Bank lending requirements for small businesses have been improving, but challenges remain. Many small businesses are still growing and are struggling to improve their credit histories. Unfortunately getting a business loan with poor credit is difficult because traditional banks are not willing to gamble on these small business owners, leaving them suffering from lack of capital.
There are several reasons that many small businesses could be suffering from deficient credit histories. During the 2009 and 2010 downturn, many companies fell behind in vendor payments and were not able to quickly correct their payment issues. Unfortunately, poor credit can take months, if not years, to fix.
There are several financing options that business owners may apply for when suffering from poor credit scores.
Getting a Business Loan with poor Credit
- Merchant Cash Advance – This short-term loan is advanced to the business owner in a single lump sum. The business owner then allows the merchant cash advance company to access a portion of the business’ future credit card sales. Companies that participate in these types of business cash advance can quickly receive access to cash without providing substantial collateral or having near-perfect credit scores. Some lenders that offer working capital loans can approve funding requests and provide money in as few as two to seven days. Business owners should note that interest rates are higher than those offered through traditional lenders.
- Business Credit Cards – Some business credit cards can offer business owners that have poor credit histories direct access to debt financing. Business owners can open a credit rebuilding credit card, which can help repair previous damage.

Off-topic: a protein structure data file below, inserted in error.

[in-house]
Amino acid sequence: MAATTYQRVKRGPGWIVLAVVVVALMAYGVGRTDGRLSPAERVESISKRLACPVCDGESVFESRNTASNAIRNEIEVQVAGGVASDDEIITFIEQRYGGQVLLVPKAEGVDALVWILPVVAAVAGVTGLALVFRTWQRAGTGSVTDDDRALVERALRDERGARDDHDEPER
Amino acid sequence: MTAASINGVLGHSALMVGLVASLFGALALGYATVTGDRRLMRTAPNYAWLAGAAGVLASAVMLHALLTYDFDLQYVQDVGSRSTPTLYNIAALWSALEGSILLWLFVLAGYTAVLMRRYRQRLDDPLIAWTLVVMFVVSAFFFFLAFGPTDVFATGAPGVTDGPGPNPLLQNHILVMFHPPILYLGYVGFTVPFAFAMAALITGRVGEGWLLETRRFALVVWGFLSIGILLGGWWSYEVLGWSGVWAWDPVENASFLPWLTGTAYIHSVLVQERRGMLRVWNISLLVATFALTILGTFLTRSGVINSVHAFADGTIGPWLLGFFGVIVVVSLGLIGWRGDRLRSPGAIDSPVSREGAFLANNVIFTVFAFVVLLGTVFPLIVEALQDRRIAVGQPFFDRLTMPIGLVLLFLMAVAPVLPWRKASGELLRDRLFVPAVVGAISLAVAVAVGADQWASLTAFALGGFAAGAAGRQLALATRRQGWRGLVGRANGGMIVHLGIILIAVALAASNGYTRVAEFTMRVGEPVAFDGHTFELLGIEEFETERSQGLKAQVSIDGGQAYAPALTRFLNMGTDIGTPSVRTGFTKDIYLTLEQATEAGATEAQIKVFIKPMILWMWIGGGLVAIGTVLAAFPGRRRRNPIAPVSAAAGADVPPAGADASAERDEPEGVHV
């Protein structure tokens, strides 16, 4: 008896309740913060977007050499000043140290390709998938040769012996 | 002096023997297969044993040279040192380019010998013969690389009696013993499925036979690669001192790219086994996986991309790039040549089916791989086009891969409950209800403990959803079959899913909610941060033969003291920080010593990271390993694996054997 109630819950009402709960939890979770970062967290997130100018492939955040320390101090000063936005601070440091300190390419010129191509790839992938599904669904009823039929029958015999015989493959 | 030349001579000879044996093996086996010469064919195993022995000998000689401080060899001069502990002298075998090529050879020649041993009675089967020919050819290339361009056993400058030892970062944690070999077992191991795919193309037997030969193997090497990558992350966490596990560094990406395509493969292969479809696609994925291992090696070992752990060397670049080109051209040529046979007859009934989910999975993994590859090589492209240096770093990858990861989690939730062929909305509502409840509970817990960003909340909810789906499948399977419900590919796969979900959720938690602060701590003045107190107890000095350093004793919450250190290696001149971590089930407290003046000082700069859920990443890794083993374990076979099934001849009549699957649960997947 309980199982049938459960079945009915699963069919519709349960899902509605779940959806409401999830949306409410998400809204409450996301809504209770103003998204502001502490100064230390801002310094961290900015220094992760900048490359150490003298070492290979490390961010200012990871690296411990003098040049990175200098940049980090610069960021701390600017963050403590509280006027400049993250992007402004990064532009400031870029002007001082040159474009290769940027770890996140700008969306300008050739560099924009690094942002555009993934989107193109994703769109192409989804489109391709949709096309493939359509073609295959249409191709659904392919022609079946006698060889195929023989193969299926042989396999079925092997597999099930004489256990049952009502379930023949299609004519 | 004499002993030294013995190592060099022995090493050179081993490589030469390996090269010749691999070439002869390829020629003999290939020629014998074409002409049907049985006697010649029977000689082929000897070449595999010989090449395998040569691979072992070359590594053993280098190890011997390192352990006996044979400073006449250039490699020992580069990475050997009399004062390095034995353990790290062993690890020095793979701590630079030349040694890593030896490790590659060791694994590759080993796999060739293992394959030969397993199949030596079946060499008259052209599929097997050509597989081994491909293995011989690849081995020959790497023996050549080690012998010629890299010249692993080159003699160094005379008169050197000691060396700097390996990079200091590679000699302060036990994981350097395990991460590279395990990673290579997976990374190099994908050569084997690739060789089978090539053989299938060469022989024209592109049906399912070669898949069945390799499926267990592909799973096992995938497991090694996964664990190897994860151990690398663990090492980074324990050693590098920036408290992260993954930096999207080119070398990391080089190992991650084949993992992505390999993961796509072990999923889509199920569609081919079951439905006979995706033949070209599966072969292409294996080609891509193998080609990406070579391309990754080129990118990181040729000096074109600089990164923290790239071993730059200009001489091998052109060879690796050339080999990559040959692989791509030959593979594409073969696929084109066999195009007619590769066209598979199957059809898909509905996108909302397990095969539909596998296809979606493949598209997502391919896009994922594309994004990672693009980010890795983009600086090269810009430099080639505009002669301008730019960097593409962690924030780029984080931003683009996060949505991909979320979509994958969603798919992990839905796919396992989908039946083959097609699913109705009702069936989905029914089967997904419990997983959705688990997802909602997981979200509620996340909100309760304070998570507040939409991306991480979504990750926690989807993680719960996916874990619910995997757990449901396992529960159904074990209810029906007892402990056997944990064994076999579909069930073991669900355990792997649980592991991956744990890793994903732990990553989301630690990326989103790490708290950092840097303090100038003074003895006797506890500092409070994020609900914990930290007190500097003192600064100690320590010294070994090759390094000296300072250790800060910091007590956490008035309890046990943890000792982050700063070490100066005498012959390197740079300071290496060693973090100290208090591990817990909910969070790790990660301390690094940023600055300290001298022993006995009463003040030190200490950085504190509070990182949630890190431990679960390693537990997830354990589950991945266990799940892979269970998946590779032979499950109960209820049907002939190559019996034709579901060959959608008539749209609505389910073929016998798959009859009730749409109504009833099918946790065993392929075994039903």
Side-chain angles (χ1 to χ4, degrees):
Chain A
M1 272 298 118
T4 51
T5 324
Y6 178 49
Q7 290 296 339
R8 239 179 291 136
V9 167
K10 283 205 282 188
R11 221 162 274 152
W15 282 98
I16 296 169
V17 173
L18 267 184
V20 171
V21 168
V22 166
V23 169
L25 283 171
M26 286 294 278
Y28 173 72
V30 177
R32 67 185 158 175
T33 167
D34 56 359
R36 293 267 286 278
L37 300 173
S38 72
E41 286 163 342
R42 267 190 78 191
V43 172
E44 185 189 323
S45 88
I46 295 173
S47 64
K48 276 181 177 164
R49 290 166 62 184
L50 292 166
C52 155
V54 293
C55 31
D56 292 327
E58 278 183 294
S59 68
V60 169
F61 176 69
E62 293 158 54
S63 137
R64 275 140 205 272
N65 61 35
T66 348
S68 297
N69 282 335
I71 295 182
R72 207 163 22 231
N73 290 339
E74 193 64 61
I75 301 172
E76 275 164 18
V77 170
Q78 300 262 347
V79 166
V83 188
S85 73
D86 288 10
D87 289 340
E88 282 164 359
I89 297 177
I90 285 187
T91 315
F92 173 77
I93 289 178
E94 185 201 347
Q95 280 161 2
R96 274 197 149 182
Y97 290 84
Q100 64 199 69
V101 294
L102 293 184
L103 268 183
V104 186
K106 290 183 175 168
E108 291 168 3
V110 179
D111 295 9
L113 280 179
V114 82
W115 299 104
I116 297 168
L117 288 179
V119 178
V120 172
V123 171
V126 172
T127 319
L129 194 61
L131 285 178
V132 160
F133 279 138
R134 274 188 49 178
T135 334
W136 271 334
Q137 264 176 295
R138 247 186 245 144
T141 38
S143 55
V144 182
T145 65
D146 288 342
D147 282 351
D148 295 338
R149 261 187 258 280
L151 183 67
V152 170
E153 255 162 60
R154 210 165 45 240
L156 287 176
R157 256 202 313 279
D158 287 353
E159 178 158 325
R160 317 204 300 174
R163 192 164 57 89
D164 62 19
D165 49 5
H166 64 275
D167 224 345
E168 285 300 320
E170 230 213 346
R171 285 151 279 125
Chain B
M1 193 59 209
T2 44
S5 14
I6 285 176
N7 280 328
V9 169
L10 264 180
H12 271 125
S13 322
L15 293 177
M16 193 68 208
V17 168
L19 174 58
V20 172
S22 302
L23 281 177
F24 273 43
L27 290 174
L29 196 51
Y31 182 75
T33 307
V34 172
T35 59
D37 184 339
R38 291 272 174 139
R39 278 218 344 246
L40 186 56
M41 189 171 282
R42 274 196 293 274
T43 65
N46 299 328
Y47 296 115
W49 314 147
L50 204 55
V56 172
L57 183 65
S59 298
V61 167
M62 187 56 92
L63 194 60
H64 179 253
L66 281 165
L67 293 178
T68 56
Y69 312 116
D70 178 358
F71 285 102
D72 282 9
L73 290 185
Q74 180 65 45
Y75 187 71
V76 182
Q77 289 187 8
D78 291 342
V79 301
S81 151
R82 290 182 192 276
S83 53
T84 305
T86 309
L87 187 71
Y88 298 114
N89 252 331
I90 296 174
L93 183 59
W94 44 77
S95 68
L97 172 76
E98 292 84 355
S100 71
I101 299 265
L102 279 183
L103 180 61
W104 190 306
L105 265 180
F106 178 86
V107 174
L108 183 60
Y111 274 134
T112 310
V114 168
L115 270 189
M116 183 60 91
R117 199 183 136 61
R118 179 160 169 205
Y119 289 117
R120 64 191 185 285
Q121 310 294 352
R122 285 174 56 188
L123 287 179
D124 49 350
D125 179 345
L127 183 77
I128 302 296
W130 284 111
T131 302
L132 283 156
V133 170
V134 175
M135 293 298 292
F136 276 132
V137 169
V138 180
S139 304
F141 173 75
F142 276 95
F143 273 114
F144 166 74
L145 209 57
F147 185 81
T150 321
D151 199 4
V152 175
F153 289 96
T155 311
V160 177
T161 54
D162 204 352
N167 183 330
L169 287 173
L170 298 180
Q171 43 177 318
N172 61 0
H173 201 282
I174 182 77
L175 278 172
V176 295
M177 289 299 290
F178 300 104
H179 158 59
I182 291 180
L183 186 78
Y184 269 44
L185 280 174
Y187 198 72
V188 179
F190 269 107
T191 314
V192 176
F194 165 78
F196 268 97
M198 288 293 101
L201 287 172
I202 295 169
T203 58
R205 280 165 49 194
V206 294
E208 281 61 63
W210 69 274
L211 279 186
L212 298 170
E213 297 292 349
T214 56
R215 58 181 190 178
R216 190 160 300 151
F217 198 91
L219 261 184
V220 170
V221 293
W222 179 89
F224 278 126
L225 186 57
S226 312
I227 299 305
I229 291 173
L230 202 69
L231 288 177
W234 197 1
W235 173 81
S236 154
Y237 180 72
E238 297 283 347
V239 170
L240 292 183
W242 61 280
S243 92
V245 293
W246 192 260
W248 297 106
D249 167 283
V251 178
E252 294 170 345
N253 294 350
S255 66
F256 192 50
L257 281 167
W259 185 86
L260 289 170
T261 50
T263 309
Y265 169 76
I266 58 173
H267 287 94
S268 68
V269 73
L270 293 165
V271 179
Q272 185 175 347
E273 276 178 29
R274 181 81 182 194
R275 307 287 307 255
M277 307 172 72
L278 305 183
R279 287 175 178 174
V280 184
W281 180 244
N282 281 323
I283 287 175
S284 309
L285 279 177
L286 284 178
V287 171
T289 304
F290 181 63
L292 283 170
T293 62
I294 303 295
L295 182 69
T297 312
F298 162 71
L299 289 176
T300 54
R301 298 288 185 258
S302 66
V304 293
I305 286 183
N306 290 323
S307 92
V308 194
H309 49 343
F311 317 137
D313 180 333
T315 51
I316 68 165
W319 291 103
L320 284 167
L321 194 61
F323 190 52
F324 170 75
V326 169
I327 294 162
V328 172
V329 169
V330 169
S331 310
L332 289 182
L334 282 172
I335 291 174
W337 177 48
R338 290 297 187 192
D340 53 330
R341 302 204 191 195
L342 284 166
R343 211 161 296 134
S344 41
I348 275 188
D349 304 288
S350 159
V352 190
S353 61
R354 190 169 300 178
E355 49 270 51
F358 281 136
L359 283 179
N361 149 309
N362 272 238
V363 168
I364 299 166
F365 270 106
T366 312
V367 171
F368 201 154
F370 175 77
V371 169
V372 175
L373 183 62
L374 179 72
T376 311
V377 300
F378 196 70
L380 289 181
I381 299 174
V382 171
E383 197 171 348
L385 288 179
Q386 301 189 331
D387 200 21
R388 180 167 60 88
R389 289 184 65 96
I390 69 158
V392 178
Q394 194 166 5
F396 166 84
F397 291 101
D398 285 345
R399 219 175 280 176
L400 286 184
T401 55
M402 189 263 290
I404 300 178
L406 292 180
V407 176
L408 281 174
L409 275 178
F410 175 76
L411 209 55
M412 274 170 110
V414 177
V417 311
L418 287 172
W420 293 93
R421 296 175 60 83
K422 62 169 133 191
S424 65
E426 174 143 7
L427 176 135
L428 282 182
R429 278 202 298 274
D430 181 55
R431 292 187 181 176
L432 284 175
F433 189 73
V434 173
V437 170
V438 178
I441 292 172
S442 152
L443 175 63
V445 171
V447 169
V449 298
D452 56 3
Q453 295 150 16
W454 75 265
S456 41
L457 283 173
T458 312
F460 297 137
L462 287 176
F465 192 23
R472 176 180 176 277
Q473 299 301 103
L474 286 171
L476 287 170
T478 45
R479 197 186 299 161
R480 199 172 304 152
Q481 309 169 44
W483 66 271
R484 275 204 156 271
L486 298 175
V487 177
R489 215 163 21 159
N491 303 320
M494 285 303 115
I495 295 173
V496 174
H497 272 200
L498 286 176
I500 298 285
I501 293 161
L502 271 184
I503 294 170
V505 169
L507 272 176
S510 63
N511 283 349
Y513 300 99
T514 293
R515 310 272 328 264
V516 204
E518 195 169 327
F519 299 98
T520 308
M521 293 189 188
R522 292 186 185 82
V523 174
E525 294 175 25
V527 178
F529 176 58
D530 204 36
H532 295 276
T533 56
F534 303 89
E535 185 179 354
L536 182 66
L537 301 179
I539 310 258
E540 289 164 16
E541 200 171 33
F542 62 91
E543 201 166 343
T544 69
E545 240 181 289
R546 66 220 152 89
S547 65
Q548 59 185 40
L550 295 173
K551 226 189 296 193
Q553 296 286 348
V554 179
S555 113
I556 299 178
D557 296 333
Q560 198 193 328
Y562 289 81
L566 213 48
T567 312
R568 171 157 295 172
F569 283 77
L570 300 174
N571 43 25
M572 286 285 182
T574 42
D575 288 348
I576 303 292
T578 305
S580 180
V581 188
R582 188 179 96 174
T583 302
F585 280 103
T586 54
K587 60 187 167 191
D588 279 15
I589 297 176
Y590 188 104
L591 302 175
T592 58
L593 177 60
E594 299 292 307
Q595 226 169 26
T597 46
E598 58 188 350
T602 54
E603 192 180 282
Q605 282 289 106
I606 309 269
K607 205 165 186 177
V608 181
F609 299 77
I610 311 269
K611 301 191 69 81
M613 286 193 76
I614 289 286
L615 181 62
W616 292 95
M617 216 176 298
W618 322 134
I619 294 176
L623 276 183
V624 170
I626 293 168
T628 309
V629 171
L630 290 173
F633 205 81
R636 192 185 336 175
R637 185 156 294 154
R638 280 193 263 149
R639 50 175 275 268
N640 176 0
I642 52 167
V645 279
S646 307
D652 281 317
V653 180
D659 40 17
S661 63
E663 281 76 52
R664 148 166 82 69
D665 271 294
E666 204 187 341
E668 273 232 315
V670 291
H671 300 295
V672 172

- Microloans – These types of loans are made by non-profit organizations, which offer small loan grants up to $50,000. These microloans are intended to help minorities and women owned startups that are located in established empowerment and economic zones. The Small Business Administration’s Microloan Program also offers loans via non-profit community-based intermediary lenders.
There are some measures businesses can take to assess their credit scores. Credit rating agencies examine the following when determining businesses’ credit scores:
- Business structure
- Company size
- Industry risk
- Outstanding accounts and payable balances
- Payment habits and credit utilization
- Length of credit history
- Public records, such as judgments, liens and bankruptcies
- Other factors
To further help companies’ legitimacy, owners may wish to consider incorporating their businesses’, especially when setting up utilities and such. This helps establish professionalism for establishing small business loans and business lines of credit.